Sunday, June 22, 2008

The Economics of Stupidity

I love it when the experts get it wrong. It usually means that some self-evident truth maybe isn't that self-evident and maybe isn't even true any more.

Witness the gob-smacking rise in consumer spending recently. There is no good reason for it - the Economy is going to hell in a handcart, fuel prices are up, credit is crunched. Many reasons for it have been proposed by puzzled, slightly embarrassed economists, but none have been terrible satisfying. I believe the following force is at work :-

Slack-jawed, reptilian levels of stupidity.

I like to watch reality cop shows on TV. With the advent of Freeview digital TV and digital recorders I could (and often do) spend too much of my life watching "Police, Stop","Street Wars" "Car Wars" and (my favourite) "Police Interceptors". The reason I mention this is that on one of these shows a guy was stopped by police for speeding at 100mph + on the motorway. His excuse ?

"I was running out of petrol and wanted to get to the services quickly".

I think this is a good metaphor for the current anomalous spending boom. If you are running out of petrol, a sensible person would slow down to conserve fuel (55 mph is the most fuel efficient speed) and then turn-off anything (like the aircon) that might burn fuel. Then they'd drive more carefully than they ever had before, avoiding wasteful harsh acceleration in case they needed to brake wastefully hard.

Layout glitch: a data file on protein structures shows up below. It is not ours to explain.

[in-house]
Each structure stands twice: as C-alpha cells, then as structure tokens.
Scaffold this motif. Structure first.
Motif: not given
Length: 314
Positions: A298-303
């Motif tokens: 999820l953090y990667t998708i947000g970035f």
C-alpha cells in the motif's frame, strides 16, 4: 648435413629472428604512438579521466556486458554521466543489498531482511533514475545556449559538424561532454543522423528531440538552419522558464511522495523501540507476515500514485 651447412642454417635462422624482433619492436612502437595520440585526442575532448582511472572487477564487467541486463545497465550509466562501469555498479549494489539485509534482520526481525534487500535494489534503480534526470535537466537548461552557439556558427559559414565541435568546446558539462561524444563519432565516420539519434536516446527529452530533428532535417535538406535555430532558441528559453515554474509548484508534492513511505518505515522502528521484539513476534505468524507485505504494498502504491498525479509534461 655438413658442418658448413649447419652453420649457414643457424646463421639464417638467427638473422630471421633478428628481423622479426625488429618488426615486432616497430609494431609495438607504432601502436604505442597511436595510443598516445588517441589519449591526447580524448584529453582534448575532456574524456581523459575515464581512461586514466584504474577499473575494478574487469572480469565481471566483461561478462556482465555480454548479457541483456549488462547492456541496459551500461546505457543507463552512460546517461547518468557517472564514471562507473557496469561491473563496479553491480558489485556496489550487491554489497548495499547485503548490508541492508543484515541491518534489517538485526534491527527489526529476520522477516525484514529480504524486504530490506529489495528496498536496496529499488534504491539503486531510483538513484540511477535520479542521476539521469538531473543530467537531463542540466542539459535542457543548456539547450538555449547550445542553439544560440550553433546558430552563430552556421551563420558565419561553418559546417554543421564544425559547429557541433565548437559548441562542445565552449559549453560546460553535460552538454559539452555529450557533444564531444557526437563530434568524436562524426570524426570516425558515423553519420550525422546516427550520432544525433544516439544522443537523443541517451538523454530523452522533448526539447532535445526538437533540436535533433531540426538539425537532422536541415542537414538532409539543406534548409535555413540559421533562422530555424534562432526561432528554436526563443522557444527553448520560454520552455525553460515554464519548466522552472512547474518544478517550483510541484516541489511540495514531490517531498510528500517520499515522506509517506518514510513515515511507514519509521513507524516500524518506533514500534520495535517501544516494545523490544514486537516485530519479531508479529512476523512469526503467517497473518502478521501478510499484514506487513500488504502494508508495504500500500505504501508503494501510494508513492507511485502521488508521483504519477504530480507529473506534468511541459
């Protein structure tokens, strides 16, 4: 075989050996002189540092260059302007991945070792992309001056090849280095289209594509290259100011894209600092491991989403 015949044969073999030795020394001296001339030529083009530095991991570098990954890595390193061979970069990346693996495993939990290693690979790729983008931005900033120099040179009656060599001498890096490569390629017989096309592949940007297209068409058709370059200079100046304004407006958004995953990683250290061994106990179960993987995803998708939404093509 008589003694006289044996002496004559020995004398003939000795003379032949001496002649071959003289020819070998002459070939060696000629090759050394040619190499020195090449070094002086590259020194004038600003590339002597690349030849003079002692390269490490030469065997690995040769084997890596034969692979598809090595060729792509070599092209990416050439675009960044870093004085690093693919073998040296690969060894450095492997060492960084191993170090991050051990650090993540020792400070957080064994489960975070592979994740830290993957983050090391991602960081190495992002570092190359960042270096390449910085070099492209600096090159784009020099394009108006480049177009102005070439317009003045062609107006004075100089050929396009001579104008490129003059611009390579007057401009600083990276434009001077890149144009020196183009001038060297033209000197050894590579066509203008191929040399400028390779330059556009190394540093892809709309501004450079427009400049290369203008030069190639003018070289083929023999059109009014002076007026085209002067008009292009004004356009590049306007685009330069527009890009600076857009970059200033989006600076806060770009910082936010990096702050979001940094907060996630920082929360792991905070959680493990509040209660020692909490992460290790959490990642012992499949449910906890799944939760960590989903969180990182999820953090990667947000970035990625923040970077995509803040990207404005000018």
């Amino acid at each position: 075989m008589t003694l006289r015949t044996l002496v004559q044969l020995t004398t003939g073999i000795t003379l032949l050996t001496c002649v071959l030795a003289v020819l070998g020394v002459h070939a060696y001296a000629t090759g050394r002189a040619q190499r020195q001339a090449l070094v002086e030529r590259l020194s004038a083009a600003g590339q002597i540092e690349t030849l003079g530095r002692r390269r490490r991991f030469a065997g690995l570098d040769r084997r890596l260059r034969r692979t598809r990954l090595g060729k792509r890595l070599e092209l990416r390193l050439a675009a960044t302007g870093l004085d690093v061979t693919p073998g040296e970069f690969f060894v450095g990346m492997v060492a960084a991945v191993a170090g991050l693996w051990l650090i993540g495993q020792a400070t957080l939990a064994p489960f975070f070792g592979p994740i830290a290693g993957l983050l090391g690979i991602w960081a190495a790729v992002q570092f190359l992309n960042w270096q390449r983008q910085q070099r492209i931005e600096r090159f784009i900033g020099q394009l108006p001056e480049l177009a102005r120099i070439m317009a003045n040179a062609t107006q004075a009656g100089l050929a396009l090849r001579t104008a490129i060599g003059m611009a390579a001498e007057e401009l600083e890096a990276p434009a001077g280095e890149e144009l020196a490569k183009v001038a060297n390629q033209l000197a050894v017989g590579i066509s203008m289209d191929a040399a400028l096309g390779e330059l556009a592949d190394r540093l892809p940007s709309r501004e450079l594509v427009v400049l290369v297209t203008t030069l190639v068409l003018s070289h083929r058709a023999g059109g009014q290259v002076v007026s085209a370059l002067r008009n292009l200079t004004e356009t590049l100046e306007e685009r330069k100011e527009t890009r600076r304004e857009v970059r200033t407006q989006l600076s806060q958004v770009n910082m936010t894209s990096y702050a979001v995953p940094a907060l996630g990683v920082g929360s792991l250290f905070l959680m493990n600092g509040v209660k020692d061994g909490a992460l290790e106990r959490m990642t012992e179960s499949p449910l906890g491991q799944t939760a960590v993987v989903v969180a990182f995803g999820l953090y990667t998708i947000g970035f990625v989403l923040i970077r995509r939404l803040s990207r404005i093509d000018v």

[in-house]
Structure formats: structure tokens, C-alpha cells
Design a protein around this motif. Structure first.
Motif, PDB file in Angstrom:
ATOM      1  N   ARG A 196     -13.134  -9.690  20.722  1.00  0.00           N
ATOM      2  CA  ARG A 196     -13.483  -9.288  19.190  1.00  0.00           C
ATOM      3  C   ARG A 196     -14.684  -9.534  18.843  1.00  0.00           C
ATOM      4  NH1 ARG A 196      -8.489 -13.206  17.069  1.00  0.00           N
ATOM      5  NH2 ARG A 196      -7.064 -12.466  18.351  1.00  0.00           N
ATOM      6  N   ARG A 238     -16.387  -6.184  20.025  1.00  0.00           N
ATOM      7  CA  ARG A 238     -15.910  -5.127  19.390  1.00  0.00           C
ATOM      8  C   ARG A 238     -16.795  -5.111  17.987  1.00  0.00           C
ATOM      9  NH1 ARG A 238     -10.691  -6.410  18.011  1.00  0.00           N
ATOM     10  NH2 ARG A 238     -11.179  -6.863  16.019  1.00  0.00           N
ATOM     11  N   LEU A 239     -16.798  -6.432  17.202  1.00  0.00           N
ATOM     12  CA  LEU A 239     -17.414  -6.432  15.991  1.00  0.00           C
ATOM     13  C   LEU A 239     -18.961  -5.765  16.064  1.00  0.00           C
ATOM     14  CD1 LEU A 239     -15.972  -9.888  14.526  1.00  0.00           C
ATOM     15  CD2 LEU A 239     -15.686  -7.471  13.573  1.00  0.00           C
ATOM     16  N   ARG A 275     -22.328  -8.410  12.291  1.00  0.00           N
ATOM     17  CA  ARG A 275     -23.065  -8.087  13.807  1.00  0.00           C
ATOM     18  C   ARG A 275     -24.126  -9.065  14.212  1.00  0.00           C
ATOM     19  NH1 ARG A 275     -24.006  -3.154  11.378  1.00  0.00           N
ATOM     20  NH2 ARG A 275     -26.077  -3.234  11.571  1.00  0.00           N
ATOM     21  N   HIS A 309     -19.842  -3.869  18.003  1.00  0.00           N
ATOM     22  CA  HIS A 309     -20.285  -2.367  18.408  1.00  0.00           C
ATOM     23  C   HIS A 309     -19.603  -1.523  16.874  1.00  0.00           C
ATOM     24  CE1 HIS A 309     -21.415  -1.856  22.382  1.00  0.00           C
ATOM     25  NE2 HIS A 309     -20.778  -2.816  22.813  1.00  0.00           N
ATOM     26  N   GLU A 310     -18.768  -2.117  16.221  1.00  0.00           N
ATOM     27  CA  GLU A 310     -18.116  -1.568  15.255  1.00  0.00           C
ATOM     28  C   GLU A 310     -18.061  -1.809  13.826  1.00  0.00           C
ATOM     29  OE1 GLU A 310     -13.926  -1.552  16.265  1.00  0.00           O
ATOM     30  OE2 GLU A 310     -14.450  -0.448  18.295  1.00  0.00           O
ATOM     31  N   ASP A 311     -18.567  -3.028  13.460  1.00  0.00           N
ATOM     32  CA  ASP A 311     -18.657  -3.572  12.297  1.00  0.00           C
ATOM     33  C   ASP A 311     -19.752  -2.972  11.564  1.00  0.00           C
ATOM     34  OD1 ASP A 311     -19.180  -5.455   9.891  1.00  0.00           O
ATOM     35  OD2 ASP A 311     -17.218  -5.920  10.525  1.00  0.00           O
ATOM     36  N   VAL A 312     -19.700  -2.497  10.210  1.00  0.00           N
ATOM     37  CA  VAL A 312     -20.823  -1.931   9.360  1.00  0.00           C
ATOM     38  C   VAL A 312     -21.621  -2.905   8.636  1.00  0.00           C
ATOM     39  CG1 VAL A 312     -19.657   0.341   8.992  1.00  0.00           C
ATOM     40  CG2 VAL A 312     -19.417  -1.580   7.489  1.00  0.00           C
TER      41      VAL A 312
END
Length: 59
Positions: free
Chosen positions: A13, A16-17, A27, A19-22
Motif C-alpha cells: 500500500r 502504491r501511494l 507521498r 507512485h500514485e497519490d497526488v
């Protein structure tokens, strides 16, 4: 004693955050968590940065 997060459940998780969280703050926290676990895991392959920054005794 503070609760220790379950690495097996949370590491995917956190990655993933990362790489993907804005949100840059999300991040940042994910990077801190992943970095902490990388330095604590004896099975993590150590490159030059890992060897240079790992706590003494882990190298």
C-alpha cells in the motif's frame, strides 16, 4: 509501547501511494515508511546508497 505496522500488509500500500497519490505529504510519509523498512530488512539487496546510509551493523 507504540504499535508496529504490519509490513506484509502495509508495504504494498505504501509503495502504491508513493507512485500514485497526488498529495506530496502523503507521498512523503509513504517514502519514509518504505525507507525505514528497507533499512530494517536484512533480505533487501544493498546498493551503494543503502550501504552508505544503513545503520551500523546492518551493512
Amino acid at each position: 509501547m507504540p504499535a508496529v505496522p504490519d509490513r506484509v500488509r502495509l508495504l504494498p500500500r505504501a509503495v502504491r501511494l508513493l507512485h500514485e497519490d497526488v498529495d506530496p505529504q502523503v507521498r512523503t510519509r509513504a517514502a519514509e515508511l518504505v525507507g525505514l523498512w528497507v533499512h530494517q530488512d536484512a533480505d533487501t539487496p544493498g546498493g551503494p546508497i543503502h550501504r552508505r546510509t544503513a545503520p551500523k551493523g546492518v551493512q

That's a sensible person - a lot of people it seems would simply floor the accelerator and trust to luck and an ignorance of basic Physics.

In short, Economics assumes rational behaviour by large groups of people. Anyone who attends football matches knows this is something of a long shot. I think it's time for economists to realise that Consumers do not always react to bad economic news by belt-tightening but sometimes by putting their fingers in their ears and shouting "LA LA LA I CAN'T HEAR YOU !" and heading for the shops.

1 comment:

Kenny said...

I must confess, I do give it a "la-la-la". I fail to see what possible good my not buying a new whatever can possibly do for the economy. Or what harm for that matter. And to be honest, the government have more control over my finances than I think is fair. I play by their rules but I'm not adopting their religion.

Surely there are easier targets for slowing down/speeding up an economy than rattling the already empty pockets of the masses?

More fundamentally, this is a prima facia case -- inflation rising while markets drop - 30s and 70s combined. There is no magic empirical bullet. We pay people lots of money to fix these things. You'd think they'd think a little deeper than shortcut "community chest" cards.

I nearly threw in some more Latin there but that would have been gratuitous.